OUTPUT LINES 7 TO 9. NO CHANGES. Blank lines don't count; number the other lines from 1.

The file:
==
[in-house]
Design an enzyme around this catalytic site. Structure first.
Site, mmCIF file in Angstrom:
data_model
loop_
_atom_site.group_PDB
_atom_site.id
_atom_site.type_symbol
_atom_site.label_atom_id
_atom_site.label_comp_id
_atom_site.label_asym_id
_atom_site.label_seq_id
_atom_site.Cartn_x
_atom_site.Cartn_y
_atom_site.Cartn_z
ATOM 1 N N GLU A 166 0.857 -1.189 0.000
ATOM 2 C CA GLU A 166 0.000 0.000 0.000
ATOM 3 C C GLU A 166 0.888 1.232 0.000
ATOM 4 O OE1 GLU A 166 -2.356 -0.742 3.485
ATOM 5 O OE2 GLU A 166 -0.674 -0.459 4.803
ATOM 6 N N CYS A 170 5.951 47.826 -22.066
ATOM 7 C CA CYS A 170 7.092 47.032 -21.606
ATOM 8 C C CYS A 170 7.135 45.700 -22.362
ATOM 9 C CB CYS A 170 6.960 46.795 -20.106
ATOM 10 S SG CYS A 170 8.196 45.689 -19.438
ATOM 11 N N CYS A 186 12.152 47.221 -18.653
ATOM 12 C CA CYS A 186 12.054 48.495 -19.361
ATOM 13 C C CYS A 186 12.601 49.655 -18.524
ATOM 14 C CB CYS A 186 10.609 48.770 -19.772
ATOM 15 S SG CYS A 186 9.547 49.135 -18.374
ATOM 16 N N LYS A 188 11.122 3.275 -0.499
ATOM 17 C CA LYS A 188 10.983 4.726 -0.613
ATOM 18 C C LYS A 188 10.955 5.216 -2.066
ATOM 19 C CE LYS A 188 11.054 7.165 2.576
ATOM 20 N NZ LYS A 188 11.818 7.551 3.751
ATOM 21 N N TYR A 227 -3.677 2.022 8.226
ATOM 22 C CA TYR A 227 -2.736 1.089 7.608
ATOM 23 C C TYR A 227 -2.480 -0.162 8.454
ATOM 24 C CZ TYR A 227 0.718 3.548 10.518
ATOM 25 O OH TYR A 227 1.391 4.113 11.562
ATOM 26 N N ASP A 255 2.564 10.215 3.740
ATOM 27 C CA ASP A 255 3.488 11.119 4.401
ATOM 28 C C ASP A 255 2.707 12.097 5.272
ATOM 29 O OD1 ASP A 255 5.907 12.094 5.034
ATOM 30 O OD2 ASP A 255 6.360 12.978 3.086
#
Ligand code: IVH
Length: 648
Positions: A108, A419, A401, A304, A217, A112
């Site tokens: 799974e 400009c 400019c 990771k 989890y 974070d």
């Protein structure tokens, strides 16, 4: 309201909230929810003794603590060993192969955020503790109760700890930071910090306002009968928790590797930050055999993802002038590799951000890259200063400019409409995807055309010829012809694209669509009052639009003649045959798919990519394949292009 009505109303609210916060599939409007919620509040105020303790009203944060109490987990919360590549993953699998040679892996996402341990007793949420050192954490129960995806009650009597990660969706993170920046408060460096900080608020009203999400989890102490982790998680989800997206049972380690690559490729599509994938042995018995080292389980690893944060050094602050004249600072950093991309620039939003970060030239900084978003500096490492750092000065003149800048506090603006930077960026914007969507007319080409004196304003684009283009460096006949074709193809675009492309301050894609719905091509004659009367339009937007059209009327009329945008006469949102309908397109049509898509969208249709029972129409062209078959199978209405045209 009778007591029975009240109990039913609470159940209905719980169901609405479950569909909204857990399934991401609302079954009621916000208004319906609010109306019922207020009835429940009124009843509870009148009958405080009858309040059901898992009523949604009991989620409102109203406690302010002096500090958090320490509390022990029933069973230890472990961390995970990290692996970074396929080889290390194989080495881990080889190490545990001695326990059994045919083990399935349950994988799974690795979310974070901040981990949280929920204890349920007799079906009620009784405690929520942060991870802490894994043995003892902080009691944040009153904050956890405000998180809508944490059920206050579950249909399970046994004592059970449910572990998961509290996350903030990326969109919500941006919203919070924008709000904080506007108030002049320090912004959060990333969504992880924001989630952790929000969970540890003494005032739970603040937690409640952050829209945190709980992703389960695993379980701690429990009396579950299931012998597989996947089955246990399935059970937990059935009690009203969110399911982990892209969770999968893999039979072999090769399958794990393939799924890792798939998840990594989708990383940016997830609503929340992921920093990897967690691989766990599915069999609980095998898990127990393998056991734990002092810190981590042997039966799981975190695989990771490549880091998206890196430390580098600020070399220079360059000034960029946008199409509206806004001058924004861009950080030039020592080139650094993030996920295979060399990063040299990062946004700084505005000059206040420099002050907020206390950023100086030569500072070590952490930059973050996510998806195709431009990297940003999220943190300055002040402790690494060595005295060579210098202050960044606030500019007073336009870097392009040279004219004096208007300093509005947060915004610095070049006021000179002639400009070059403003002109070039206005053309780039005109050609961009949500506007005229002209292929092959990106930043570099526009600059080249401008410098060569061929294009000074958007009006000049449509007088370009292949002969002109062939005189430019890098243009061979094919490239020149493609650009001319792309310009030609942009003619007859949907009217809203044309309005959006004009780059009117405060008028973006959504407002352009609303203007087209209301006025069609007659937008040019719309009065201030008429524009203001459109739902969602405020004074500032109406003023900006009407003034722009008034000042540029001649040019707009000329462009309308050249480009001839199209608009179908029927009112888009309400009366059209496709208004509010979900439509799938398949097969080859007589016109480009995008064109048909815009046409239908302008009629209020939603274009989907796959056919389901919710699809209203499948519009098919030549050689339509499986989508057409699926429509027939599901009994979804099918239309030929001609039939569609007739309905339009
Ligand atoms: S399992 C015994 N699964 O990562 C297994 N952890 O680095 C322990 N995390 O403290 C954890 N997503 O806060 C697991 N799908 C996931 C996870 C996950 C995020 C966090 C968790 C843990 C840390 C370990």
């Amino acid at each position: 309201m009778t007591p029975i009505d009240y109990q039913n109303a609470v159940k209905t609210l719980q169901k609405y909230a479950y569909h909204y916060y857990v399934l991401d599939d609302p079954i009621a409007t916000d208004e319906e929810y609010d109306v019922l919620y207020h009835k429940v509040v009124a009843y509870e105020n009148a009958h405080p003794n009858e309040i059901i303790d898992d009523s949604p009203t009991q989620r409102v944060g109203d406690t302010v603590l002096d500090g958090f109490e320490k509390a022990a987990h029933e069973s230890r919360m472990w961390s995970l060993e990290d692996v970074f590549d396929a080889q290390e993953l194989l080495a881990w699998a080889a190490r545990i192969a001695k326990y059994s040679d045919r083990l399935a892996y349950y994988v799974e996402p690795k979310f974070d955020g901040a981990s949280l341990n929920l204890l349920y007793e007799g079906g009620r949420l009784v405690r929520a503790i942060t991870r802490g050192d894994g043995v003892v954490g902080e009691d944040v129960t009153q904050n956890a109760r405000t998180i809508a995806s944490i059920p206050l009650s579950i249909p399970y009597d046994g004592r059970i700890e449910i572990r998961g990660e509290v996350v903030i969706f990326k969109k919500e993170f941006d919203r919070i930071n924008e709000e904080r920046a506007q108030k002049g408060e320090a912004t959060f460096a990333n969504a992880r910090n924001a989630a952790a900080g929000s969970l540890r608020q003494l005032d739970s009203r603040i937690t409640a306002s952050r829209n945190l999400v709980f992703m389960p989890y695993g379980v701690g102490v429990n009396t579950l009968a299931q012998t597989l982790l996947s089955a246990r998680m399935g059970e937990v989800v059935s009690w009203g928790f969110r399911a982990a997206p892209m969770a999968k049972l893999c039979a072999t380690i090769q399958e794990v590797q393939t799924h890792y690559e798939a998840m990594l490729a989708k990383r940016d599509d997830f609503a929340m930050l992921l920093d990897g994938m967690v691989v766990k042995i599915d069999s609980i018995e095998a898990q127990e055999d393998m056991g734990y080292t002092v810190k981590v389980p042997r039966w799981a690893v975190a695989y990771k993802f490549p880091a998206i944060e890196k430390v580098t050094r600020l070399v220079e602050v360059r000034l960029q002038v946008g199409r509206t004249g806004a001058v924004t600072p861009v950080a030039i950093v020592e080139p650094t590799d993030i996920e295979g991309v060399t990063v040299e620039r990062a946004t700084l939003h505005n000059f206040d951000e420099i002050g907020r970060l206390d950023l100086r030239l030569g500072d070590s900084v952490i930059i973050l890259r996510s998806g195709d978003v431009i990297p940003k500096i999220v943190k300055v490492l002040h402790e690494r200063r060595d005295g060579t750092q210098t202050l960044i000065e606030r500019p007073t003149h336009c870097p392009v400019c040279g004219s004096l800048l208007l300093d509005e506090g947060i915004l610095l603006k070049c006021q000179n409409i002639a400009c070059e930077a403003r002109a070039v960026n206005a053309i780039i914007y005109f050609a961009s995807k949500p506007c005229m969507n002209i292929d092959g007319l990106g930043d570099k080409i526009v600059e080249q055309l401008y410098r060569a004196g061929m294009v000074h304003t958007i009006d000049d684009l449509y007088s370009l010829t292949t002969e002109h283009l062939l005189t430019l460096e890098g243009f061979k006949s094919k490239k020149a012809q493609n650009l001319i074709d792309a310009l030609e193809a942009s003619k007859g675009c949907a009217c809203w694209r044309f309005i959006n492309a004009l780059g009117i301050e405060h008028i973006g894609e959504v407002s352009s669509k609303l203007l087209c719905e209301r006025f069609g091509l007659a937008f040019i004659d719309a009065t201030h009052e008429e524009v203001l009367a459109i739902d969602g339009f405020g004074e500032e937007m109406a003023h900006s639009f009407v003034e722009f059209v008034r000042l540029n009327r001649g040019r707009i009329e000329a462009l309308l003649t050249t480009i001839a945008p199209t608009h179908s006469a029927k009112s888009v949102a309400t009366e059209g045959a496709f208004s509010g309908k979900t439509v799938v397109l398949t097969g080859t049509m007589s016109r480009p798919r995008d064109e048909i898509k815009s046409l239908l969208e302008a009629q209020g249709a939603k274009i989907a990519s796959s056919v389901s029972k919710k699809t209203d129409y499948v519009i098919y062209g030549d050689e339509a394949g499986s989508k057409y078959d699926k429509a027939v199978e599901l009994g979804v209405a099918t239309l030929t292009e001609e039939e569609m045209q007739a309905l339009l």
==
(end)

_atom_site.id
_atom_site.type_symbol
_atom_site.label_atom_id